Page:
Woodson: President Trump’s Trade Naysayers Miss the Mark

A worker in protective gear checks the production process during the opening of the 200 million euro aluminum recycling and casting center of US company Novelis Inc., headquartered in Atlanta, US, in Nachterstedt, central Germany, Wednesday, Oct. 1, 2014. Located adjacent to the company’s existing aluminum rolling mill, the new …
AP Photo/Jens Meye

President Donald J. Trump finally put the money where his mouth is and the Section 232 tariffs on imported metals went into effect on March 23, 2018. But the global push-back against them managed to reduce some of their bite.

The loudest voices have been Canada, America’s main supplier of steel and aluminum, and the European Union. With a 25 percent duty on steel and ten percent on aluminum, their leaders were not happy about Trump’s plans to put America first and managed to obtain temporary exclusions from the tariff until the first of May.

President Trump should not falter in his resolve after these temporary exemptions lapse. He is not only close to fulfilling one of his biggest campaign promises, but is also sending a momentous signal to the world that the United States will no longer take unfair trade practices lying down.

Much like the E.U., this is not Canada’s first to obtain special treatment. When the Commerce Department first published its assessment that steel and aluminum imports constitute a national security risk under Section 232, Canada immediately implored Washington to be excluded from the impending crackdown. Although Trump seems to have agreed to Ottawa’s demands, the exemption was granted with a key condition: negotiating a fairer NAFTA.

Even so, Canada does not deserve to be exempted. They are part of the reason why the American steel and aluminum industries are in such dire straits. The country has been subsidizing its aluminum smelters for years, allowing it to undermine the U.S. industry through cheap imports. In one instance, the Province of Quebec provided its aluminum industry “an interest-free $400-million loan, $112-million in tax benefits, an additional block of electricity at below market prices and the renewal of hydro rights to produce its own power until 2058.”

For tariffs to be effective, they need to be equally applied across the board, without exemptions, to foster growth in domestic industries. If Canada and other countries are excluded, the tariff will simply boost the fortunes of their own aluminum industries, which will effectively receive privileged access to the U.S. market. Without question, this will happen at the American industry’s expense.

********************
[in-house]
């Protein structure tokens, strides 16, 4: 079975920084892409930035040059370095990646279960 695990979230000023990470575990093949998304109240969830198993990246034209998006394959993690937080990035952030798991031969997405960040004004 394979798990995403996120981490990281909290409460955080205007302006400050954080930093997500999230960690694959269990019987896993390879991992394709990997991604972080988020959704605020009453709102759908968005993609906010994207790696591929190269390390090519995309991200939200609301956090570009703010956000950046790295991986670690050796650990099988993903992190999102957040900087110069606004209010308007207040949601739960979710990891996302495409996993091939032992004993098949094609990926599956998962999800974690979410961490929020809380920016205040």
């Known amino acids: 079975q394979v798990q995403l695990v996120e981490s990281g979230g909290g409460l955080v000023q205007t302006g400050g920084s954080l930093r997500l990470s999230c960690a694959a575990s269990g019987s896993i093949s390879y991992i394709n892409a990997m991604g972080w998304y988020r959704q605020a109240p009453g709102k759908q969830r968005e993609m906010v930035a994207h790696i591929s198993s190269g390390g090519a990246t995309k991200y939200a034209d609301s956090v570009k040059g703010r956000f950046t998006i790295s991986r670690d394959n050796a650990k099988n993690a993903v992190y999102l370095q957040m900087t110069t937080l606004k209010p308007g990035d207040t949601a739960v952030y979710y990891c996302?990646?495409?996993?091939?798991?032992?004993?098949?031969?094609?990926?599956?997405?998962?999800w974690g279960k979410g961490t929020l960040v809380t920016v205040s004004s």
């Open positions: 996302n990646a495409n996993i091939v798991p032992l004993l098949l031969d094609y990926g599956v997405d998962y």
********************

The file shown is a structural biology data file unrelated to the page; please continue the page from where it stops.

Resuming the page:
In other words, if tariffs are not universally applied to all countries, substantial benefits of the new tariff will accrue to the smelters in the exempted countries. U.S. consumers would effectively be subsidizing foreign production rather than supporting the domestic industry, thereby undermining the entire purpose of these trade protections.

All that would perpetuate the underlying disadvantageous dynamics that left the American industry struggling in the first place. Tariffs are corrective measures regarding the problem of foreign subsidies. They seek to boost domestic industries and encourage the consumption of American-made steel and aluminum. They promote U.S. products by stimulating demand for U.S. metals, which in turn is predicted to bring back blue-collar union jobs in the steel and aluminum industries. As a net effect, the internal economy ends up significantly reinforced.

Yet amid all this noise about trade wars and economic downturn if exemptions are lifted on trade partners, the fundamental facts underpinning the White House’s motivations for tariffs are deliberately drowned out. Where was the New York Times’s report on Canada’s predatory trade practices? Or the Washington Post’s deep-dive into Germany’s multi-billion dollar energy subsidies to its heavy industry and steel mills that destroyed the U.K.’s homegrown industry?

Criticizing the case for tariffs shows a clear lack of understanding about the effects of trade protection and international trade dynamics.

Amid the barrage of apocalyptic warnings, possible negative effects of tariffs are being widely overstated. As foreign governments pour millions into subsidizing their metals producers, they distort market forces and are thus able to dump their products into the U.S. market. China’s state-sponsored enterprises producing massive amounts of overcapacity are a prime example of how supposedly “free” trade is undermined from the start.

The E.U. barked the loudest when it promptly threatened to impose retaliatory protections on American imports to the bloc. But what E.U. officials in their hubris seem to forget is that the U.S. has been Europe’s largest export partner for years, particularly for cars. Washington’s threat of slapping tariffs on European cars would critically hurt the economy of the E.U.’s powerhouse, Germany. Therefore, despite all the saber rattling, it is unlikely that Brussels would want to seriously threaten this relationship.

While the Chamber of Commerce and the establishment of the GOP may be opposing the presidential policy move, Trump’s tariffs earned applause from some traditionally left leaning union members in a rare display of consensus with the Oval Office. But never mind the naysayers: protecting the domestic metals industry is a tradition as American as apple pie. The rise of the United States to a global power was largely built on its metals industry, and consequently, protecting it and its workers has always been a priority.

Yet Trump must be careful not to stray from his agenda of putting American workers first. If he buckles and extends the exemptions past May 1, he risks all the benefits the U.S. stand to gain.


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